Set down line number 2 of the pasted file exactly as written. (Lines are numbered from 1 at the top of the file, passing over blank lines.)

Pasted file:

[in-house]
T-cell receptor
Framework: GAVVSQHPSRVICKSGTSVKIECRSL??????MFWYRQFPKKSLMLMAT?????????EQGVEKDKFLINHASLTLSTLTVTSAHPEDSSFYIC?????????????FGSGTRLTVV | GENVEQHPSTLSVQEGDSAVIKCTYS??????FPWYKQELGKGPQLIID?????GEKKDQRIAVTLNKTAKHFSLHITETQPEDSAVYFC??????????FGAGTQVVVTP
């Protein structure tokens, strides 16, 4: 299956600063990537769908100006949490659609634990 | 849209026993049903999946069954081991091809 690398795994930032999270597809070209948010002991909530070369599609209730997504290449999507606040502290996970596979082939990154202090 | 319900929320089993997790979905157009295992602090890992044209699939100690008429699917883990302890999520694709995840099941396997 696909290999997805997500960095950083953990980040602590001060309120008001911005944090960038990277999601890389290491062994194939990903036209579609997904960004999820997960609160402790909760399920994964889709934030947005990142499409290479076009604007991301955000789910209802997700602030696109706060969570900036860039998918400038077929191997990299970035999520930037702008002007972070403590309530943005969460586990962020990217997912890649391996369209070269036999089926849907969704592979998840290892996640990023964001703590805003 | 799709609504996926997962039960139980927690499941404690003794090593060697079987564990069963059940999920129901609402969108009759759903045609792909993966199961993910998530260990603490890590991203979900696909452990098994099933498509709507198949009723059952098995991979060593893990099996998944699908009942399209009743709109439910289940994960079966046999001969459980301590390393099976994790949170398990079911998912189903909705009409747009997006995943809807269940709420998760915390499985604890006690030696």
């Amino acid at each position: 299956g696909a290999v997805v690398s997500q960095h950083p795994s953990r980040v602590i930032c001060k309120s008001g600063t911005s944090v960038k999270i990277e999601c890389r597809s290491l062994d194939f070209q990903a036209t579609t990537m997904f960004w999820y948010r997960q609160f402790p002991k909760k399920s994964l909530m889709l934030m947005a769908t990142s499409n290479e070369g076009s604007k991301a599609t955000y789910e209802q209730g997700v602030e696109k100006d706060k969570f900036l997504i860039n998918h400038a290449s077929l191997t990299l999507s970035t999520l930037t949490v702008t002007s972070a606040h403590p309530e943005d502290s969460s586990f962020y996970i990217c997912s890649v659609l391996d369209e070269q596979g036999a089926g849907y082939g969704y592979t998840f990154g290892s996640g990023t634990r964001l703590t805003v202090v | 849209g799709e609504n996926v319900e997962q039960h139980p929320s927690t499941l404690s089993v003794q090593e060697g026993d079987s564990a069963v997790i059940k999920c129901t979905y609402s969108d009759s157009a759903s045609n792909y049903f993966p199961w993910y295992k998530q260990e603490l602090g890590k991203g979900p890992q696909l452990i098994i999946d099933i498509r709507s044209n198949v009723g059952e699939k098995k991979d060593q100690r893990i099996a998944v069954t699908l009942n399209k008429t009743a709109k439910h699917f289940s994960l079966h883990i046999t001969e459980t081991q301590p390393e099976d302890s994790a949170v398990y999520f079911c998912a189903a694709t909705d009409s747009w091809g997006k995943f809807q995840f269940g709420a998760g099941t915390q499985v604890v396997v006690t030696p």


T-cell receptor